On the day before your exam, you should: Take the day off and do something fun! Give your brain and your nerves an opportunity to rest. It is a very hard thing to do, especially if you’ve been studying so hard, but it was the best advise I ever took. Your brain needs to power down from all that studying, so watch a movie or comedy, play sport or video games, get a massage, hang out with friends, cook, anything but do NOT look at those textbooks just for One. Last. Time.

How did you fit studying for the GMAT exam into your busy schedule? I studied during my lunch breaks, after work everyday and throughout my weekends. I didn’t have convenient access to class tutors, so I self-studied. I also used a lot of online tools, materials and support, which really, really helped.

How well-prepared for business school do you feel, after studying for the GMAT exam? After the GMAT? Nothing was impossible. All my life, I used to rigorously avoid anything quantitative but after going through the GMAT, I kinda fell in love with math because the concepts just finally made sense (apart from some aspects of geometry!). I had a very tough time with statistics in B-school but realized that the GMAT had given me a foundation of studying until I understood. And it stood me in good stead; you can understand anything, if you study hard long enough.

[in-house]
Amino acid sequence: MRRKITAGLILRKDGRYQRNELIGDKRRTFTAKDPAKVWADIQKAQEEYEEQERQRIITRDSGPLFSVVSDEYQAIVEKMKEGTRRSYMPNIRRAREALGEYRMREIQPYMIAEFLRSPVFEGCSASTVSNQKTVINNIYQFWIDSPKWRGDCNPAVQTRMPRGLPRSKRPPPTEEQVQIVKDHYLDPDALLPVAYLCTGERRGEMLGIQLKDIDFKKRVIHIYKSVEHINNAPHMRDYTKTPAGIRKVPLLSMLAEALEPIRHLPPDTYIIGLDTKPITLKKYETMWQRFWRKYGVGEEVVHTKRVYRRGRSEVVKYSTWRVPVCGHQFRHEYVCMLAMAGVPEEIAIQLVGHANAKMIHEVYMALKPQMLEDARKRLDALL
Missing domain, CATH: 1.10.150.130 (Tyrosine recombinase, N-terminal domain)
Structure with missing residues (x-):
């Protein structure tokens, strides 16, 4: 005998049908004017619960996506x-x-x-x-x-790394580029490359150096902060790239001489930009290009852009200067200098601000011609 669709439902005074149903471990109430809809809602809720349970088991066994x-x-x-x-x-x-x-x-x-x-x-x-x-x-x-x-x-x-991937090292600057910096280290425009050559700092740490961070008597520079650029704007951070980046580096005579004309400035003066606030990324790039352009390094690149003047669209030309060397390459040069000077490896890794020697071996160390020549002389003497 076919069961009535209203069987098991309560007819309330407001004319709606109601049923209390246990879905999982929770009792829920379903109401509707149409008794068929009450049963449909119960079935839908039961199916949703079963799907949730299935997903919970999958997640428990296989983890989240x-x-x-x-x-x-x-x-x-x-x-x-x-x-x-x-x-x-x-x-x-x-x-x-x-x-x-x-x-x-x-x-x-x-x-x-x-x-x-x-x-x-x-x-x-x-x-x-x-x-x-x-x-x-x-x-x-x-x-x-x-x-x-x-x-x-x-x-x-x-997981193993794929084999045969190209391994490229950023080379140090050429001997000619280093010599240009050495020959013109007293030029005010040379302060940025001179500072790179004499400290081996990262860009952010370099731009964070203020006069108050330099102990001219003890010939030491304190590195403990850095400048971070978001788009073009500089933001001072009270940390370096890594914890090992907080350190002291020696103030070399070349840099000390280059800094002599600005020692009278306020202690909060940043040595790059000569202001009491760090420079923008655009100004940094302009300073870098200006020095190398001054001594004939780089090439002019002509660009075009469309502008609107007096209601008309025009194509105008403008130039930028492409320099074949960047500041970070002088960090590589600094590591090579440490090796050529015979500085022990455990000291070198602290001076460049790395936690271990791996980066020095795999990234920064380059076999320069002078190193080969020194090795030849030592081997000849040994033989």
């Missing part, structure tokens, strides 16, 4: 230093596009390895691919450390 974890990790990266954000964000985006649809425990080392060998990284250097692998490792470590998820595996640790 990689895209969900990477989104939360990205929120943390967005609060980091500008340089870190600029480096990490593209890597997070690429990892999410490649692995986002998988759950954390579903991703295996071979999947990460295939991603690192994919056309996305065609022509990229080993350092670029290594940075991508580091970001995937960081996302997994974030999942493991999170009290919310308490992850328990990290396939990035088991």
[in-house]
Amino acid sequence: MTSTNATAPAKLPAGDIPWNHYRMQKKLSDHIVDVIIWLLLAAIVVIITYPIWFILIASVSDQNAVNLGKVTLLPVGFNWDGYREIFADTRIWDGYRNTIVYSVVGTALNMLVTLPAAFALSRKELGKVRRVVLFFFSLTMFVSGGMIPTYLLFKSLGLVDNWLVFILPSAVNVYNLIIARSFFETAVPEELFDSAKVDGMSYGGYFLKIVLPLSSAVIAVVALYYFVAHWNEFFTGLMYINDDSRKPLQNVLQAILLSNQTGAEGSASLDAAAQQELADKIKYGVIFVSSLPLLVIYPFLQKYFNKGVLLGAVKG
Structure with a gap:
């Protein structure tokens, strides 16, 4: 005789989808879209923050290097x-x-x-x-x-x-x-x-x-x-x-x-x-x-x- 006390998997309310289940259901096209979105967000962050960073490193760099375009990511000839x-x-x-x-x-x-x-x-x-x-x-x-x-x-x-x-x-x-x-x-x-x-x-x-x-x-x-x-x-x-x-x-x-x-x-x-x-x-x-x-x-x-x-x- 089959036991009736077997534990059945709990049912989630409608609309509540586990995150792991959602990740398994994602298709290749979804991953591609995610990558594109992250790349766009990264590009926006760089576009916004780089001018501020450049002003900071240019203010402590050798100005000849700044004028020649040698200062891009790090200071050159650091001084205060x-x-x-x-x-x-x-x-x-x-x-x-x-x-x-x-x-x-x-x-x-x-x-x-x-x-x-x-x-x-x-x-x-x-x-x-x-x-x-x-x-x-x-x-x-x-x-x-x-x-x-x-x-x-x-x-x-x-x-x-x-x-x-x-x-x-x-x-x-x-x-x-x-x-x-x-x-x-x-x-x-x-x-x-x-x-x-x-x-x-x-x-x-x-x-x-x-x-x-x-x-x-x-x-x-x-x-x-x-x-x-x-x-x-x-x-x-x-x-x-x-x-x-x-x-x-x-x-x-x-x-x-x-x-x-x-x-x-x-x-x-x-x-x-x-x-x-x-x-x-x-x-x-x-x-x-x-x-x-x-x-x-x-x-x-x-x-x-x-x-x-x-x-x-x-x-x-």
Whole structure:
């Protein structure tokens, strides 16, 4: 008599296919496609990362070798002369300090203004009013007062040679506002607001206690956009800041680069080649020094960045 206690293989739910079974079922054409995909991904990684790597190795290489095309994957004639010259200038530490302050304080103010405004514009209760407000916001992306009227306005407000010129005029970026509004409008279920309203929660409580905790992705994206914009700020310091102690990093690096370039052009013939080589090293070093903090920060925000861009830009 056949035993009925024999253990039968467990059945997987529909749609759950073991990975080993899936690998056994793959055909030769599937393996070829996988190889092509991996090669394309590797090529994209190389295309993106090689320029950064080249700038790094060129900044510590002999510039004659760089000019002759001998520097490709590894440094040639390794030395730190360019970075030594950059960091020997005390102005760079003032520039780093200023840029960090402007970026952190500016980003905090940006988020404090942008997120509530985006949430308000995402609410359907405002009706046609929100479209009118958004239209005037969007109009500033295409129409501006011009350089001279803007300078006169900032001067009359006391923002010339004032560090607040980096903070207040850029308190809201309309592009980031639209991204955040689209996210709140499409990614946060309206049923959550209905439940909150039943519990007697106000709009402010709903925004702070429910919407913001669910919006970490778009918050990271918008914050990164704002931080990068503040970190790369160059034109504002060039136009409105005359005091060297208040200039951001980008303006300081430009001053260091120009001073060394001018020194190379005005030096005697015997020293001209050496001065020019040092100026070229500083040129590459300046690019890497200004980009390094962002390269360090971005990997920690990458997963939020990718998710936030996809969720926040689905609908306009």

Kemi Gbadebo

My Advice for Doing Your Best on the GMAT Exam

"Without a doubt, the GMAT is a nerve wracking experience. However, familiarity with it can lessen the fear."

Full transcript